Canada and the UN: It’s time to grow up
Our political leaders must realize foreign policy is not a partisan issue
It’s been a month since Canadians first learned that their country would not be a member of the United Nations Security Council in 2011-12, and there is little evidence that any of Canada’s political leaders have taken the national failure to heart.
The most recent explanation for Canada’s loss from the Prime Minister’s Office, for example — that Canada’s defeat is an acceptable loss caused by Ottawa’s unwillingness to compromise national principles — is hardly satisfying.
Such messaging wrongly minimizes the impact of the prime minister’s decidedly unprincipled decision to miss three consecutive meetings of the UN General Assembly (on one occasion to attend a photo op at a doughnut shop), only to reappear in New York the year that Canada needed the votes of the UN membership to secure election to the Security Council.
Even more disconcerting is the government’s unwillingness to concede that something went wrong. There would have been no shame in allowing that the campaign could have been more effective and that Ottawa would do better in the future.
Admittedly, the actions of the political opposition have hardly facilitated such humility. Under leader Michael Ignatieff, the Liberals have yet to miss an opportunity to remind Canadians of the government’s failure.
By using the failed bid for partisan gain, the Liberals are obscuring the strategic implications of the defeat. In reality, the council seat was never the Conservatives to lose. It was Canada’s.
As long as Ignatieff continues to delineate the alleged differences between Conservative and Liberal approaches to foreign policy, the harder it will be for Canadians to rally behind a set of strategic principles that can be sustained beyond a single electoral cycle.
What’s more, emphasizing partisan differences sends a disturbing message to Canada’s allies and to recipients of Canadian development assistance. It suggests that Canadian support should never be counted upon for longer than the life of a single Parliament.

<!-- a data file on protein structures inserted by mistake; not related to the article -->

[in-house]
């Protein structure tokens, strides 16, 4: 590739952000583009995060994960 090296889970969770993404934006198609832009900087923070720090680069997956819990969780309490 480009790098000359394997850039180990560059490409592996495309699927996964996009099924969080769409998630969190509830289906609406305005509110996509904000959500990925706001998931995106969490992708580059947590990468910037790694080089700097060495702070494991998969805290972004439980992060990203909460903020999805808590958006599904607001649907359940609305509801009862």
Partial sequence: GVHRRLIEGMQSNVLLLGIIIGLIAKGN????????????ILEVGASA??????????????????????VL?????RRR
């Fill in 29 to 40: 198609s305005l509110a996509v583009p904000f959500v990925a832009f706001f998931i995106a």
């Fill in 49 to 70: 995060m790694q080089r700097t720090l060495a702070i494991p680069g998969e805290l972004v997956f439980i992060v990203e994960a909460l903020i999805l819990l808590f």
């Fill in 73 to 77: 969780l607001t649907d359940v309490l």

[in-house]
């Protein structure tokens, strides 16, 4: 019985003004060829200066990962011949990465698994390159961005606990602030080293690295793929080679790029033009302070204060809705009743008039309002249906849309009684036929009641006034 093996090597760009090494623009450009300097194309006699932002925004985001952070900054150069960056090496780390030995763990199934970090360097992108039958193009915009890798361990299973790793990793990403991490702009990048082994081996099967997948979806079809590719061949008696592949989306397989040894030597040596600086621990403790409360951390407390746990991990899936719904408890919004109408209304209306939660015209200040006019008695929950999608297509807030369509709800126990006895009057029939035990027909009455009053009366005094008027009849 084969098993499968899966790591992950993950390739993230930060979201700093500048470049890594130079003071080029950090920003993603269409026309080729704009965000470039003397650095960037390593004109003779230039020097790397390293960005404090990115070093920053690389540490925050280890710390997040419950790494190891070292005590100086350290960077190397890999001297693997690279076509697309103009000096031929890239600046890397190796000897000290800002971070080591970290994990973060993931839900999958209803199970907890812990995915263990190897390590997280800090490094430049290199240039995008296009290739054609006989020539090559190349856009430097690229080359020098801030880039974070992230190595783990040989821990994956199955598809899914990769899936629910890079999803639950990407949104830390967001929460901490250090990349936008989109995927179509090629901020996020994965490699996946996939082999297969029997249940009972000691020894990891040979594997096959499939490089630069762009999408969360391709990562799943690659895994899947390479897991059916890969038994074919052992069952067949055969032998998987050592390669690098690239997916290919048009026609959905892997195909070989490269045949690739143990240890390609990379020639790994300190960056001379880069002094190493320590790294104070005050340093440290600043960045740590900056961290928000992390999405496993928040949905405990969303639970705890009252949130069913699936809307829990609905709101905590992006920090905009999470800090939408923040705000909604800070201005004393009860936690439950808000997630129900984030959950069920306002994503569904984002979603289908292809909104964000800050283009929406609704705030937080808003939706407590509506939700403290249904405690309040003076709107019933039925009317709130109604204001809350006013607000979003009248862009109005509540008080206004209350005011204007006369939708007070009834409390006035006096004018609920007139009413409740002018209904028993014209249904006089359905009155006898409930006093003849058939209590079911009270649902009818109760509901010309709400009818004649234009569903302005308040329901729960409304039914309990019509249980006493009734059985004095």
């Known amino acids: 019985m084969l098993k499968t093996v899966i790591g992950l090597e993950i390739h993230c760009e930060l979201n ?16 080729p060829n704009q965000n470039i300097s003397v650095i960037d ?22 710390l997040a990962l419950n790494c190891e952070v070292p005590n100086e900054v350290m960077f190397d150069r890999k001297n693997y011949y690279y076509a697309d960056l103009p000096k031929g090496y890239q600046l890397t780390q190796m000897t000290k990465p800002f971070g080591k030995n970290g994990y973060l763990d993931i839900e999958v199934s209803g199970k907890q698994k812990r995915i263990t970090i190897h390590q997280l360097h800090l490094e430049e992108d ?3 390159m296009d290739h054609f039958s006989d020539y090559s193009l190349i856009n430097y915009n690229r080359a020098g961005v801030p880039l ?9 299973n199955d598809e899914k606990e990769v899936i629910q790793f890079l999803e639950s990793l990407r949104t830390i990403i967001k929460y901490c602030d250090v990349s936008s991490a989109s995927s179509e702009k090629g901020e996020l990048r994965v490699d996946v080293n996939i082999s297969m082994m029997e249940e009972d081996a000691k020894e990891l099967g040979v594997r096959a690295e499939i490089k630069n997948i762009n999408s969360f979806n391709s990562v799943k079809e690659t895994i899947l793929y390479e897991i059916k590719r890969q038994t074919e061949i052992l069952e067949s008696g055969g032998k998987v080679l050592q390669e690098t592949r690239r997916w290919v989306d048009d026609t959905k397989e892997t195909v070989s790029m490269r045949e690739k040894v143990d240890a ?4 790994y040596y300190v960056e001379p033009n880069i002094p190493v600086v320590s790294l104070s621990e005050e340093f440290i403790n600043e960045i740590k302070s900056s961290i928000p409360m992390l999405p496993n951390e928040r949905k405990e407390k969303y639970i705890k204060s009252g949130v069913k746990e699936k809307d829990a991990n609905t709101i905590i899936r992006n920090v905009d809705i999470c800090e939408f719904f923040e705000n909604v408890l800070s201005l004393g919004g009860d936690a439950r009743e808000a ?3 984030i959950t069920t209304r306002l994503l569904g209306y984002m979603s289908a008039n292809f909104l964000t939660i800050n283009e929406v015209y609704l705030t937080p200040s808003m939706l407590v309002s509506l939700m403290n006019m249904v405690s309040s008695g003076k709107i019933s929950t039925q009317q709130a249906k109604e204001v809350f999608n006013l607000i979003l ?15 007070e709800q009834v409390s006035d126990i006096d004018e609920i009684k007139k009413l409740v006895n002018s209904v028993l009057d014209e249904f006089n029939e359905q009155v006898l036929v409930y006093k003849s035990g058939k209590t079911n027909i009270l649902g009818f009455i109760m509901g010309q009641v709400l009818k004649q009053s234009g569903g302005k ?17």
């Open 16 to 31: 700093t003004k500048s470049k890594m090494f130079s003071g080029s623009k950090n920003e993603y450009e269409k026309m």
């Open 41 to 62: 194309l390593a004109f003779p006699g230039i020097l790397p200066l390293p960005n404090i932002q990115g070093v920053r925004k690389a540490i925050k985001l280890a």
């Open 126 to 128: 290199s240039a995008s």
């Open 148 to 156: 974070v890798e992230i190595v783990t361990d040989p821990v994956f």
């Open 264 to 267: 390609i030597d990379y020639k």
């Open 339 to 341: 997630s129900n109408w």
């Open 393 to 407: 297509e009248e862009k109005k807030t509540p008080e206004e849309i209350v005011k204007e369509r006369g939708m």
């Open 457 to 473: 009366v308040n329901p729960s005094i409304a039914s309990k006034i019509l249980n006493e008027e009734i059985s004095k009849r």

For Canada to move forward, the country’s political leadership must acknowledge that foreign policy is not just a game to be played to build domestic political support.
Ottawa’s electoral defeat has resulted in Canada’s exclusion from the most powerful Security Council in the UN’s history.
Regardless of what one thinks of the UN, missing the opportunity for regular access to high-level leaders from the United States, the United Kingdom, France, China and Russia, not to mention non-permanent members Germany, Brazil, South Africa, India, Nigeria, and Colombia, will have significant diplomatic and strategic implications.
The solution, while easier said than done, is not complicated. Canada must pursue less partisan methods of determining and supporting its national interests.
Such efforts must be initiated by the government and then embraced by an opposition flexible enough to recognize that compromise will be critical to the establishment of a set of foreign policy goals that can be pursued consistently for an extended period.
Contrary to what both the government and the opposition seem to believe, there is little political risk in a less partisan approach. Foreign policy decisions in Canada have virtually no effect on voters’ party preferences, and there is little evidence that things will change any time soon.
So it’s not courage that’s needed so much as a little bit of good old maturity.